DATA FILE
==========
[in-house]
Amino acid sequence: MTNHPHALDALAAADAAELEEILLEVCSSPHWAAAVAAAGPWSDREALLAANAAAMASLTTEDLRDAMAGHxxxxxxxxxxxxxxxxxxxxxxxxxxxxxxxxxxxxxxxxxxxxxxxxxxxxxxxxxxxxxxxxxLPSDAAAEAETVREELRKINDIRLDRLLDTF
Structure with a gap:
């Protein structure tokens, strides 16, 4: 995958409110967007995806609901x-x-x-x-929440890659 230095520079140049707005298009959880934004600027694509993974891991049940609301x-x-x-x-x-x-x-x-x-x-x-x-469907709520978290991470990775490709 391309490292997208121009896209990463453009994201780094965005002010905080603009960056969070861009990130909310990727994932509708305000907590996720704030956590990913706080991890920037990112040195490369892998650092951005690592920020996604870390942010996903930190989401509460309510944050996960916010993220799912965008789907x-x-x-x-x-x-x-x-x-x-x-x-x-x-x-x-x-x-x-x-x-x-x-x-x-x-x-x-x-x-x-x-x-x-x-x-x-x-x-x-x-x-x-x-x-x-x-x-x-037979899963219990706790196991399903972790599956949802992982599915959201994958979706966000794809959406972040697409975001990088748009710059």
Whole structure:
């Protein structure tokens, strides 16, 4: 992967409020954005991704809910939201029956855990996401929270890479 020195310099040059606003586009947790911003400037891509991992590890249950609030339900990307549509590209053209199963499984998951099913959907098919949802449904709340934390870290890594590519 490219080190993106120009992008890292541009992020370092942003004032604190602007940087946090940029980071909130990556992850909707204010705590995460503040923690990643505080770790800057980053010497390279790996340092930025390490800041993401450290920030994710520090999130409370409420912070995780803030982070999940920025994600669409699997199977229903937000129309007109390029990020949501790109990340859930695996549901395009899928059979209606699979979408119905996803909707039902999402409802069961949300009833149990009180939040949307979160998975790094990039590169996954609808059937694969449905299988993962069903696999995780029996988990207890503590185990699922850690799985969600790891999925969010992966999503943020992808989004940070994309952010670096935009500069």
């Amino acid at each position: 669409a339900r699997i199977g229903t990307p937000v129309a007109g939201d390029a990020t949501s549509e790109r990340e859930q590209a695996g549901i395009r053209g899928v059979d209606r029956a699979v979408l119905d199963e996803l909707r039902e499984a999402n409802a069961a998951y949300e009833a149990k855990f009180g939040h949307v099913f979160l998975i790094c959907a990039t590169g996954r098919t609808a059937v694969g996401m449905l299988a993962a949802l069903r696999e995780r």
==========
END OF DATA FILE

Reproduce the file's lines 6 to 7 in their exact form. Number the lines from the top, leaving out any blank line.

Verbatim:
């Protein structure tokens, strides 16, 4: 992967409020954005991704809910939201029956855990996401929270890479 020195310099040059606003586009947790911003400037891509991992590890249950609030339900990307549509590209053209199963499984998951099913959907098919949802449904709340934390870290890594590519 490219080190993106120009992008890292541009992020370092942003004032604190602007940087946090940029980071909130990556992850909707204010705590995460503040923690990643505080770790800057980053010497390279790996340092930025390490800041993401450290920030994710520090999130409370409420912070995780803030982070999940920025994600669409699997199977229903937000129309007109390029990020949501790109990340859930695996549901395009899928059979209606699979979408119905996803909707039902999402409802069961949300009833149990009180939040949307979160998975790094990039590169996954609808059937694969449905299988993962069903696999995780029996988990207890503590185990699922850690799985969600790891999925969010992966999503943020992808989004940070994309952010670096935009500069």
């Amino acid at each position: 669409a339900r699997i199977g229903t990307p937000v129309a007109g939201d390029a990020t949501s549509e790109r990340e859930q590209a695996g549901i395009r053209g899928v059979d209606r029956a699979v979408l119905d199963e996803l909707r039902e499984a999402n409802a069961a998951y949300e009833a149990k855990f009180g939040h949307v099913f979160l998975i790094c959907a990039t590169g996954r098919t609808a059937v694969g996401m449905l299988a993962a949802l069903r696999e995780r």